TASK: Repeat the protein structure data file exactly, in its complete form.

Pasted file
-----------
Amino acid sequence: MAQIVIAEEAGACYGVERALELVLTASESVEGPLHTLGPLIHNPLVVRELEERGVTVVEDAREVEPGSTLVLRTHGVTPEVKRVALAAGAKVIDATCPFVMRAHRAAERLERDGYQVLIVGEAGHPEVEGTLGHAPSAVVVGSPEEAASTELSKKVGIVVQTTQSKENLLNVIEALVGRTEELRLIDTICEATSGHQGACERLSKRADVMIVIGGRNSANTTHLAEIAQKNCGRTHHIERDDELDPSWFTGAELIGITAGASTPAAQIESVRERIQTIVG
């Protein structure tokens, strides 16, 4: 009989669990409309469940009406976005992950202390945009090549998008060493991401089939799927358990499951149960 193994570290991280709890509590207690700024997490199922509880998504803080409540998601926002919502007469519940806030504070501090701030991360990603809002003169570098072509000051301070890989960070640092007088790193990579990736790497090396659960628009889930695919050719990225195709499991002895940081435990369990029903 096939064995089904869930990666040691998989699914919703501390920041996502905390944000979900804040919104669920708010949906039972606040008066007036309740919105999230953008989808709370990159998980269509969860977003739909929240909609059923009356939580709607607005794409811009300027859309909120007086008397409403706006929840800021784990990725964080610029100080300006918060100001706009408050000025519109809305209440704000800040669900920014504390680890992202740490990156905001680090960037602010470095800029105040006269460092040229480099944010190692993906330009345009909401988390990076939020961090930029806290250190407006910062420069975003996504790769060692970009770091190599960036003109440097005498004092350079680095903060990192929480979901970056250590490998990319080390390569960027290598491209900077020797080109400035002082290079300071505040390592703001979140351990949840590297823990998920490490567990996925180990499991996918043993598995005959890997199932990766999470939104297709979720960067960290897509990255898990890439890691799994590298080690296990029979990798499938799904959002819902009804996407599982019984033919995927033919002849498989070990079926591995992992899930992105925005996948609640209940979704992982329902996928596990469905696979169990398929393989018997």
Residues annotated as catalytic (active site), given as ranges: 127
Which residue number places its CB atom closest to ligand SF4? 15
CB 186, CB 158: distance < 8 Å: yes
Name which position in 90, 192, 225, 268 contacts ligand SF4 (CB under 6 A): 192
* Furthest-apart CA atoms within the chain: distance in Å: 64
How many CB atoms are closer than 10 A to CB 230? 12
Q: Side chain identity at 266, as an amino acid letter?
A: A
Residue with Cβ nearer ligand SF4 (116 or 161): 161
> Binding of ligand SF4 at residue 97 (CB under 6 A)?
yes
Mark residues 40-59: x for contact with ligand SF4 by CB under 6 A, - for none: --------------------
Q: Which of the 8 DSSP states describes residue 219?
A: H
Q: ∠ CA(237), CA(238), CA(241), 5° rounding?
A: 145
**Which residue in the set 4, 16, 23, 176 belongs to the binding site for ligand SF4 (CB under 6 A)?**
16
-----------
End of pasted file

Amino acid sequence: MAQIVIAEEAGACYGVERALELVLTASESVEGPLHTLGPLIHNPLVVRELEERGVTVVEDAREVEPGSTLVLRTHGVTPEVKRVALAAGAKVIDATCPFVMRAHRAAERLERDGYQVLIVGEAGHPEVEGTLGHAPSAVVVGSPEEAASTELSKKVGIVVQTTQSKENLLNVIEALVGRTEELRLIDTICEATSGHQGACERLSKRADVMIVIGGRNSANTTHLAEIAQKNCGRTHHIERDDELDPSWFTGAELIGITAGASTPAAQIESVRERIQTIVG
């Protein structure tokens, strides 16, 4: 009989669990409309469940009406976005992950202390945009090549998008060493991401089939799927358990499951149960 193994570290991280709890509590207690700024997490199922509880998504803080409540998601926002919502007469519940806030504070501090701030991360990603809002003169570098072509000051301070890989960070640092007088790193990579990736790497090396659960628009889930695919050719990225195709499991002895940081435990369990029903 096939064995089904869930990666040691998989699914919703501390920041996502905390944000979900804040919104669920708010949906039972606040008066007036309740919105999230953008989808709370990159998980269509969860977003739909929240909609059923009356939580709607607005794409811009300027859309909120007086008397409403706006929840800021784990990725964080610029100080300006918060100001706009408050000025519109809305209440704000800040669900920014504390680890992202740490990156905001680090960037602010470095800029105040006269460092040229480099944010190692993906330009345009909401988390990076939020961090930029806290250190407006910062420069975003996504790769060692970009770091190599960036003109440097005498004092350079680095903060990192929480979901970056250590490998990319080390390569960027290598491209900077020797080109400035002082290079300071505040390592703001979140351990949840590297823990998920490490567990996925180990499991996918043993598995005959890997199932990766999470939104297709979720960067960290897509990255898990890439890691799994590298080690296990029979990798499938799904959002819902009804996407599982019984033919995927033919002849498989070990079926591995992992899930992105925005996948609640209940979704992982329902996928596990469905696979169990398929393989018997």
Residues annotated as catalytic (active site), given as ranges: 127
Which residue number places its CB atom closest to ligand SF4? 15
CB 186, CB 158: distance < 8 Å: yes
Name which position in 90, 192, 225, 268 contacts ligand SF4 (CB under 6 A): 192
* Furthest-apart CA atoms within the chain: distance in Å: 64
How many CB atoms are closer than 10 A to CB 230? 12
Q: Side chain identity at 266, as an amino acid letter?
A: A
Residue with Cβ nearer ligand SF4 (116 or 161): 161
> Binding of ligand SF4 at residue 97 (CB under 6 A)?
yes
Mark residues 40-59: x for contact with ligand SF4 by CB under 6 A, - for none: --------------------
Q: Which of the 8 DSSP states describes residue 219?
A: H
Q: ∠ CA(237), CA(238), CA(241), 5° rounding?
A: 145
**Which residue in the set 4, 16, 23, 176 belongs to the binding site for ligand SF4 (CB under 6 A)?**
16